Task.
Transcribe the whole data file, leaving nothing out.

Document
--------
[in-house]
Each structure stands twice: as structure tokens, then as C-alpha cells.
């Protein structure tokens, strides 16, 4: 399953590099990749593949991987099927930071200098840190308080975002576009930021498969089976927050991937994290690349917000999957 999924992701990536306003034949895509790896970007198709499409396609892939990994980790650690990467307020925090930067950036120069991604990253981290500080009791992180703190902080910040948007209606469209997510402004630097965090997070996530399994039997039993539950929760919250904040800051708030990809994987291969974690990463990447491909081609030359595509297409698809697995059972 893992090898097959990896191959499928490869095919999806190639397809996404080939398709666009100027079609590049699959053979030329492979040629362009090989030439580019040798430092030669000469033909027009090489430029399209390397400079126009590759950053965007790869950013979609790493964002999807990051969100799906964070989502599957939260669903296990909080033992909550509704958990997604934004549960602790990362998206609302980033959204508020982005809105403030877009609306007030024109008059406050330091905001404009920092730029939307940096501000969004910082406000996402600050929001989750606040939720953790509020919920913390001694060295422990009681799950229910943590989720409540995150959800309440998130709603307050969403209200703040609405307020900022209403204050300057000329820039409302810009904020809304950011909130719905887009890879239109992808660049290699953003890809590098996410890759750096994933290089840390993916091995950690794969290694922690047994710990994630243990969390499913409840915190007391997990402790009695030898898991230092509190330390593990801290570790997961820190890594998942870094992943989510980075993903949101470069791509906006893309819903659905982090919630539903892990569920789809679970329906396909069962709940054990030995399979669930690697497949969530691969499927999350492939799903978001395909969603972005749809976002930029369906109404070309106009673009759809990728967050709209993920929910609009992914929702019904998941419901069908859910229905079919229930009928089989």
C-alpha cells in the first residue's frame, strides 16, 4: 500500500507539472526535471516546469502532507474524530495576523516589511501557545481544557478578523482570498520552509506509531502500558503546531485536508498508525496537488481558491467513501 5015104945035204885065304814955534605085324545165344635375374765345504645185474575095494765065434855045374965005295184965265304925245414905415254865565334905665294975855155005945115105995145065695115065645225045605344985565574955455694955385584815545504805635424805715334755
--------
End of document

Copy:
[in-house]
Each structure stands twice: as structure tokens, then as C-alpha cells.
């Protein structure tokens, strides 16, 4: 399953590099990749593949991987099927930071200098840190308080975002576009930021498969089976927050991937994290690349917000999957 999924992701990536306003034949895509790896970007198709499409396609892939990994980790650690990467307020925090930067950036120069991604990253981290500080009791992180703190902080910040948007209606469209997510402004630097965090997070996530399994039997039993539950929760919250904040800051708030990809994987291969974690990463990447491909081609030359595509297409698809697995059972 893992090898097959990896191959499928490869095919999806190639397809996404080939398709666009100027079609590049699959053979030329492979040629362009090989030439580019040798430092030669000469033909027009090489430029399209390397400079126009590759950053965007790869950013979609790493964002999807990051969100799906964070989502599957939260669903296990909080033992909550509704958990997604934004549960602790990362998206609302980033959204508020982005809105403030877009609306007030024109008059406050330091905001404009920092730029939307940096501000969004910082406000996402600050929001989750606040939720953790509020919920913390001694060295422990009681799950229910943590989720409540995150959800309440998130709603307050969403209200703040609405307020900022209403204050300057000329820039409302810009904020809304950011909130719905887009890879239109992808660049290699953003890809590098996410890759750096994933290089840390993916091995950690794969290694922690047994710990994630243990969390499913409840915190007391997990402790009695030898898991230092509190330390593990801290570790997961820190890594998942870094992943989510980075993903949101470069791509906006893309819903659905982090919630539903892990569920789809679970329906396909069962709940054990030995399979669930690697497949969530691969499927999350492939799903978001395909969603972005749809976002930029369906109404070309106009673009759809990728967050709209993920929910609009992914929702019904998941419901069908859910229905079919229930009928089989």
C-alpha cells in the first residue's frame, strides 16, 4: 500500500507539472526535471516546469502532507474524530495576523516589511501557545481544557478578523482570498520552509506509531502500558503546531485536508498508525496537488481558491467513501 5015104945035204885065304814955534605085324545165344635375374765345504645185474575095494765065434855045374965005295184965265304925245414905415254865565334905665294975855155005945115105995145065695115065645225045605344985565574955455694955385584815545504805635424805715334755